When Jo Wallace-Abbie became a music teacher, she saw that she could connect with her students and convey a passion that she had discovered as a student at Lafayette High School and in Central Kentucky Youth Orchestras. She never thought being a high school orchestra teacher in Plano, Texas, would make her a Grammy Award nominee.
But that is what she is today, along with such stars as Bruno Mars, Katy Perry, and Macklemore and Ryan Lewis.
Wallace-Abbie, whom her Lexington friends might remember as Jo Ellen Herron, was one of 10 nominees for the Grammys' newly created music educator award.
Like the majority of hopefuls Sunday night, Wallace-Abbie will have to settle for the honor of being nominated. The Grammys announced last week that the winner of the inaugural music educator award is Kent Knappenberger, a choral director from upstate New York.
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But the reaction to her nomination, including many congratulations from Kentucky, has been more than enough to make Wallace-Abbie feel like a winner.
"I think there were 30,000 nominees, so I am just thrilled to have made it that far," she said during an interview that had to be conducted on a Saturday because her weekdays are so packed with classes and lessons. "I've worked hard, and I know a lot of people have. As an educator, we don't always get recognition.
"It has been fun. The kids at school have really enjoyed it. There have been some TV crews from Dallas, and they've loved that. I feel appreciated all the time from my students and my principal, so I can't say that I'm not an appreciated teacher. But this has been something special, a little icing on the cake after all these years of teaching."
It all started when Wallace-Abbie was growing up in Lexington during the 1960s, attending Glendover Elementary, Tates Creek Junior High, Southern Middle and Lafayette High, from which she graduated in 1970.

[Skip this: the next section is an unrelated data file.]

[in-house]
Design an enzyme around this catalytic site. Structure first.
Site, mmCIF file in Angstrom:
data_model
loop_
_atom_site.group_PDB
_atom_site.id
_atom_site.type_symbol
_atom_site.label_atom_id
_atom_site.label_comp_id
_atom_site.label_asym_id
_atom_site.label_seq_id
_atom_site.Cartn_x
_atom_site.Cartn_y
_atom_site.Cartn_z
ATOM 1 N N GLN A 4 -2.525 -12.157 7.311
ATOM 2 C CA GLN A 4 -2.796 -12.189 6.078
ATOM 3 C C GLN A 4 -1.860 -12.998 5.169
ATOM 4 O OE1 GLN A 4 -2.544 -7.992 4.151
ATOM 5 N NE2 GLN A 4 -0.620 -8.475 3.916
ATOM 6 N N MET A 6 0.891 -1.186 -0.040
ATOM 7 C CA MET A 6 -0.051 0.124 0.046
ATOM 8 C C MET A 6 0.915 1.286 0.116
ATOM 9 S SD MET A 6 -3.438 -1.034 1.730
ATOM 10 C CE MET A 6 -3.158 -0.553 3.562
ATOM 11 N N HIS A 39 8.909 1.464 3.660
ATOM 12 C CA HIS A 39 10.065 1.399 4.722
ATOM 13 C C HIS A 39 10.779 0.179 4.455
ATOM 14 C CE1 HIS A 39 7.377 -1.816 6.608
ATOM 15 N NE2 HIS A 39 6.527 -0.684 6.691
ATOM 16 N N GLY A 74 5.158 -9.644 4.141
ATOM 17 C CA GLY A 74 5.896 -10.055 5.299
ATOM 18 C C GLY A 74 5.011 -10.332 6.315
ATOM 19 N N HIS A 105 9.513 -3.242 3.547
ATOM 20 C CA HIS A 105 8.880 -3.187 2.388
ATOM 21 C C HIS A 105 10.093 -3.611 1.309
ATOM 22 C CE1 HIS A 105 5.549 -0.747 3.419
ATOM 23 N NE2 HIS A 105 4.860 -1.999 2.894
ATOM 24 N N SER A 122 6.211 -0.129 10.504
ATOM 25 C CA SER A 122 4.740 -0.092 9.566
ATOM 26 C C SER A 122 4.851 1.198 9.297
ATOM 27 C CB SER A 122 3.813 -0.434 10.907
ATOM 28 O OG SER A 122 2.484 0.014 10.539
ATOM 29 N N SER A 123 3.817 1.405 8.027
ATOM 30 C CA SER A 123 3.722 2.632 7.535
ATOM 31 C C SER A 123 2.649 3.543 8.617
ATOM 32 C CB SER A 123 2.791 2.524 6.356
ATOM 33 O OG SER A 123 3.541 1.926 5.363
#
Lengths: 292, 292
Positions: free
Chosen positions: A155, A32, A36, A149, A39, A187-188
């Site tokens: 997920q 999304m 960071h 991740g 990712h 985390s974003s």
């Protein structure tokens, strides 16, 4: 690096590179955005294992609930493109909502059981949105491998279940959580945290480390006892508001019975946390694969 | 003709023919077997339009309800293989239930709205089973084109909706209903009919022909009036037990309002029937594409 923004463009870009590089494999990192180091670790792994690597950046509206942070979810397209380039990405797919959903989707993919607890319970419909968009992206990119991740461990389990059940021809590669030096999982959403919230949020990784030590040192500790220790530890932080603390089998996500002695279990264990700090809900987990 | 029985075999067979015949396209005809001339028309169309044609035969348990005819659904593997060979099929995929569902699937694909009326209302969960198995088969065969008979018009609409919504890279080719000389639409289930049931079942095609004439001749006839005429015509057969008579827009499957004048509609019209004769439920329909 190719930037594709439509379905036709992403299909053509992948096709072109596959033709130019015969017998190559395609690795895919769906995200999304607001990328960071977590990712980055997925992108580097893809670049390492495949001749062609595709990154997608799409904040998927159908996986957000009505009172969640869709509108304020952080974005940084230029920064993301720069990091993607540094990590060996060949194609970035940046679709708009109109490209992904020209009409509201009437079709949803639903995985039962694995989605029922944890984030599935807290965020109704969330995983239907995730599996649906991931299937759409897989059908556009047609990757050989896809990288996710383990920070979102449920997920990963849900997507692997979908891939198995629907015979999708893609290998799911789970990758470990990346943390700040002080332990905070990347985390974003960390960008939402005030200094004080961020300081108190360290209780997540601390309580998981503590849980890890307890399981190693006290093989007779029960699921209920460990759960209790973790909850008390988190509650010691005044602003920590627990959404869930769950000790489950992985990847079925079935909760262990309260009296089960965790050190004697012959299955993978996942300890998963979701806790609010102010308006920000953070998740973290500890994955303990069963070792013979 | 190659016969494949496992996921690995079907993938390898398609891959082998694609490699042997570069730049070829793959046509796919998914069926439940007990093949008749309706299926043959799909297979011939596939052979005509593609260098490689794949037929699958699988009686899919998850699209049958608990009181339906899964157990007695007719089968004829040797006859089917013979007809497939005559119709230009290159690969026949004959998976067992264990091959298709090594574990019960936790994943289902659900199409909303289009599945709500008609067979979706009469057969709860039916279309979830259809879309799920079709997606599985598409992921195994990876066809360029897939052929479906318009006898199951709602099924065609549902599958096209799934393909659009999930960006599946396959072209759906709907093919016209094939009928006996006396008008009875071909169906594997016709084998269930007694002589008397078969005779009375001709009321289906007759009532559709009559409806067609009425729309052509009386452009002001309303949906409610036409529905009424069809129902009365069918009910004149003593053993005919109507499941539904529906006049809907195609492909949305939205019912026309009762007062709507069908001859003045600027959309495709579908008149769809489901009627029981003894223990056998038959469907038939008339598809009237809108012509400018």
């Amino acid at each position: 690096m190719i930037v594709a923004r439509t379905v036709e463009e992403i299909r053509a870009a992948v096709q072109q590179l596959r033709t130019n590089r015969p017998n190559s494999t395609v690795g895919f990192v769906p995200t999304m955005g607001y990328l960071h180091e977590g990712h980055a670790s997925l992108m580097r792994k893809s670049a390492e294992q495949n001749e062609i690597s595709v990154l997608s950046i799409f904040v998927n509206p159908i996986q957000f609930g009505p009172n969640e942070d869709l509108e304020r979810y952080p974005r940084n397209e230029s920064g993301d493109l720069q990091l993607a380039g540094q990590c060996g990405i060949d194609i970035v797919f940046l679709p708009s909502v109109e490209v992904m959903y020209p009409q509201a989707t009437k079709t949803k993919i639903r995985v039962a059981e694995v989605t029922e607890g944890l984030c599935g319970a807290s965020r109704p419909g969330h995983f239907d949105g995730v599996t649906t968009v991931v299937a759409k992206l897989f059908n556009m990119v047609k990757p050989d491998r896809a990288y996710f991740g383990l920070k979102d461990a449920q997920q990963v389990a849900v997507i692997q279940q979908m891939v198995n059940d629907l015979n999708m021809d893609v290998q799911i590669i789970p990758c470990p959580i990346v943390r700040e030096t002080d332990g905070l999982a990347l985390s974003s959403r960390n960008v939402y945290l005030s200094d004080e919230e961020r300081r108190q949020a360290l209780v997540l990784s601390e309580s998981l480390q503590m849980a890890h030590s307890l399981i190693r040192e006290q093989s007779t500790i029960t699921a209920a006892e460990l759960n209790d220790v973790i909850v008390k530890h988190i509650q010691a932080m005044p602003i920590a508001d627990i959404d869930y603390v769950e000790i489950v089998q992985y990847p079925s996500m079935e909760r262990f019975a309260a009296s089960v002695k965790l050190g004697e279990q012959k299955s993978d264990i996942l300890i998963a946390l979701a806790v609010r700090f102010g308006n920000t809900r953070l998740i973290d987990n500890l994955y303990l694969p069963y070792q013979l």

"There was a violin at home that my aunt had played, and I was always drawn to it, so when we started orchestra at school, I joined," Wallace-Abbie recalls.
That soon led to Central Kentucky Youth Orchestras, where "you're there with all your friends playing this beautiful music, and you kind of got hooked," she said.
But she wasn't solely focused on music. Meteorology, theater and English were also on her radar, among other things.
"It wasn't like from the beginning I knew I was going to be a musician or an orchestra director or anything like that," she said. "I really had a lot of interests, but I was lucky enough to get a scholarship to the University of Kentucky, and it grew on me more and more.
"I loved playing in orchestras and I think that was the experience that grew on me at Lafayette and CKYO: the symphonic music and what we were able to make as a group of kids and produce."
At UK, she got a lot of encouragement from her string teacher, Joseph Ceo, and she eventually found her way to graduate school at the University of Illinois. There, music teachers routinely were scouted for the populous Dallas area. Considering Illinois' winter weather, and that Dallas was very nice when she visited, teaching in Texas looked like an attractive option.
"I saw a vibrant city and a lot of future and promise in Dallas," said Wallace-Abbie, who has played violin in the Richardson Symphony Orchestra for two decades.
One of the attractive parts of teaching in her district is that every student in Plano must take band, orchestra or chorus in sixth grade, "so that's the chance to hook them," she says.
That also starts a strong stream of students who arrive in her classes at Plano West Senior High School, where Wallace-Abbie directs the orchestra, a program she started. She says she has more than 200 orchestra students just among the seniors and juniors. (She also notes there is a UK banner displayed prominently in her classroom.)
The school has had another brush with the Grammy Awards, having been named a Grammy Gold Signature School in 2011. Last year, student Alex Tayoub approached Wallace-Abbie and told her he was going to nominate her for the Grammy educator award. She thought that was nice, but she didn't think much more of it, she says.
But the nomination subsequently took a lot of her time as she continued to make the cuts into higher and higher levels among the nominees. Pursuing the nomination included numerous written and video submissions.
It meant some late hours and tight deadlines, but she stuck with it, tapping some former students for help, particularly in video production.
"I was so glad that one of my students nominated me, I was going to take it as far as I could go," Wallace-Abbie said. "I wasn't going to let it drop."